Somehow we have been convinced that the best way to vacation is to get on a massive ship offering an unlimited supply of all-you-can-eat buffets, on-board malls and even a pool and a cinema, and set to sail to the Caribbean. We need the cinema and shops in case we get bored looking at the water from one mile above the surface.
Consumers have also been convinced that it is completely worth while to spend $100 per day per family member on entrance fees to a park which then requires two hours of waiting time for a five-minute thrill ride, or thirty minutes to get Mickey Mouse’s autograph.
“I’d rather stay home and read a book,” my Dad asserted for years while I was growing up to every suggested vacation. I eventually came to agree with him when it comes to typical vacations. But then I decided to find a way to vacation that felt worthwhile to me. I have stumbled upon the perfect vacation.
I chose to bike in France for several reasons: A) The French love cyclists B) They don’t mind you camping in odd places in France C) The French love to watch an American try to speak French D) The French know how to relax. After five years of Utah Stories, I was ready for a relaxing 12-day bike trip through the French countryside: my perfect vacation.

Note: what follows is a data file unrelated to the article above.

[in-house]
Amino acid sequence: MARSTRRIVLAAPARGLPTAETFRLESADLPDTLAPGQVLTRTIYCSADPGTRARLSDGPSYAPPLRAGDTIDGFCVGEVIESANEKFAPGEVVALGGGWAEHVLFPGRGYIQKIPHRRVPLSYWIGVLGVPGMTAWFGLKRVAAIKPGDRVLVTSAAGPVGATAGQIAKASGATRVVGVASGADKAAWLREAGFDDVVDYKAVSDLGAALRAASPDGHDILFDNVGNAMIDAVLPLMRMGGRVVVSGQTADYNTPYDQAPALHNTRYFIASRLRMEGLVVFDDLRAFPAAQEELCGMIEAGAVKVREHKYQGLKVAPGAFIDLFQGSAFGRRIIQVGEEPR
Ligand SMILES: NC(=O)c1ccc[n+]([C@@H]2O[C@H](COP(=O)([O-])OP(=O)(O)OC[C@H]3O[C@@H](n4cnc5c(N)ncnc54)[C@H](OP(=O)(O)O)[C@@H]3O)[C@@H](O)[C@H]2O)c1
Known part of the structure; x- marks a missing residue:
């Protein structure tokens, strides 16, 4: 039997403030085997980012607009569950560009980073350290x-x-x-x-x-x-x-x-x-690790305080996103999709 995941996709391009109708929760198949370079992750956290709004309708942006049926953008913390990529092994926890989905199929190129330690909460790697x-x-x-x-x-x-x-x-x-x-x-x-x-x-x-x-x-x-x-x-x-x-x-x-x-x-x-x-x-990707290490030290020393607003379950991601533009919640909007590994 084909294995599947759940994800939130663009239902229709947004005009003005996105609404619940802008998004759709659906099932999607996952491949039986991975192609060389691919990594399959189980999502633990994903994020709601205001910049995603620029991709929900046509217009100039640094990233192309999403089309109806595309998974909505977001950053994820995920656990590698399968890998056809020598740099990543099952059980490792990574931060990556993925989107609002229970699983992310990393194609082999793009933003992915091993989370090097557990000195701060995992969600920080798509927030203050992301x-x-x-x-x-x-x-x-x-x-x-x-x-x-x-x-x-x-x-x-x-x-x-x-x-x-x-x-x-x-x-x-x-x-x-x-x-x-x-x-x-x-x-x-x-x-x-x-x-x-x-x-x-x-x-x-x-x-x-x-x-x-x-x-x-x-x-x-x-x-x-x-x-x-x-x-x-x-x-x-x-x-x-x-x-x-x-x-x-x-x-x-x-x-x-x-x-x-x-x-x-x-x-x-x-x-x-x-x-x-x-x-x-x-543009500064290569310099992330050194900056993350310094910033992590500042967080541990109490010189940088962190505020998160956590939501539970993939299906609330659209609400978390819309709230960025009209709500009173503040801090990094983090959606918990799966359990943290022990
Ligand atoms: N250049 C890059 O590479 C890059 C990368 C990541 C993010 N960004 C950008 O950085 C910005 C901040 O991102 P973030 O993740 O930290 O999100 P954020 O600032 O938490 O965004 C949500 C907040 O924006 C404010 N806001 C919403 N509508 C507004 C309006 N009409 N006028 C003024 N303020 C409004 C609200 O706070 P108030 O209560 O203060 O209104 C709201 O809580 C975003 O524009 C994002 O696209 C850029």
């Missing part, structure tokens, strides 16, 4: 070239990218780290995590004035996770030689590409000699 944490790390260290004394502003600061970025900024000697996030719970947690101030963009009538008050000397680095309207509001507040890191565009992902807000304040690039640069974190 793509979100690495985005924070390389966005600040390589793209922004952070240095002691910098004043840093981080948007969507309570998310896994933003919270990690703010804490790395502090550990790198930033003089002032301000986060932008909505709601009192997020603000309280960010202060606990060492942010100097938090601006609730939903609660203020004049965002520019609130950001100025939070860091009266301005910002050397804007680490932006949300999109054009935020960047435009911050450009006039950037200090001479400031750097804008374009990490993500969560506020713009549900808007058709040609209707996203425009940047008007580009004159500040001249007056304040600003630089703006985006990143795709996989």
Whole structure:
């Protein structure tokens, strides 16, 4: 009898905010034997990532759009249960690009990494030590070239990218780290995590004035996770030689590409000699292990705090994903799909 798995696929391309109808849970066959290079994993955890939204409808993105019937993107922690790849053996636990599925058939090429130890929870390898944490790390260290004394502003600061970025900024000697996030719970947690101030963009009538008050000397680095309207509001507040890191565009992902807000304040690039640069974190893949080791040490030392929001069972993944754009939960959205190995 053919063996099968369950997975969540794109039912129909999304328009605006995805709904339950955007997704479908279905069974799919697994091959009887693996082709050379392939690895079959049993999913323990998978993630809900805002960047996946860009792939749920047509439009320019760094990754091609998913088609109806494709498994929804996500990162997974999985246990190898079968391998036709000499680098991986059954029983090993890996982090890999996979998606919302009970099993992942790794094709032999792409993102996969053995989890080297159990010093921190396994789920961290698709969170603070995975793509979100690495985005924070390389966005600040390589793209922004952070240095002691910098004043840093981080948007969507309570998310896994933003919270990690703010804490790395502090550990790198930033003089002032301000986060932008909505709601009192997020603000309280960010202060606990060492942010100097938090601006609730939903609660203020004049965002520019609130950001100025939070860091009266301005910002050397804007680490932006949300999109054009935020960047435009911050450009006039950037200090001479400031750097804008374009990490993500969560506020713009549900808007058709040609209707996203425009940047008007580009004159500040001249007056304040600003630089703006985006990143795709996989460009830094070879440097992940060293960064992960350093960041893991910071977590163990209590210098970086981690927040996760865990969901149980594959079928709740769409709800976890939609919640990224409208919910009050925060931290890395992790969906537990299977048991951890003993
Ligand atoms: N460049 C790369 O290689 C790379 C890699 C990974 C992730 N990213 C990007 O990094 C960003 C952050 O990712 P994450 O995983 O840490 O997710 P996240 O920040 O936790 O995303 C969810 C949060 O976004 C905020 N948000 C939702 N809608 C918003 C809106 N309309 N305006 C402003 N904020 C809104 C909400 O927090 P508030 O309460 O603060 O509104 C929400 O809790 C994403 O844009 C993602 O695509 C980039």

In Alsace Lorraine, there are many campgrounds for bikers touring the region. Here I met Marcel Blanck. His father Paul started their winery 90 years ago, now his sons mostly manage things. We crashed a party of Alsatian growers who wore strange hats. I learned that the “Alsace” brand is only offered to wineries that are high on the hills. Slowly restrictions have been loosened to allow for grapes to be grown lower in the valley. The inferior grapes will be called Alsatian, which is a thorn in the side of Marcel, who cultivates his grapes high on the hills.
My cycling continued through Alsace to Freiberg Germany. My final day I climbed through the Black Forest and camped beside Lake Titisee. From there I boarded a train for Munich.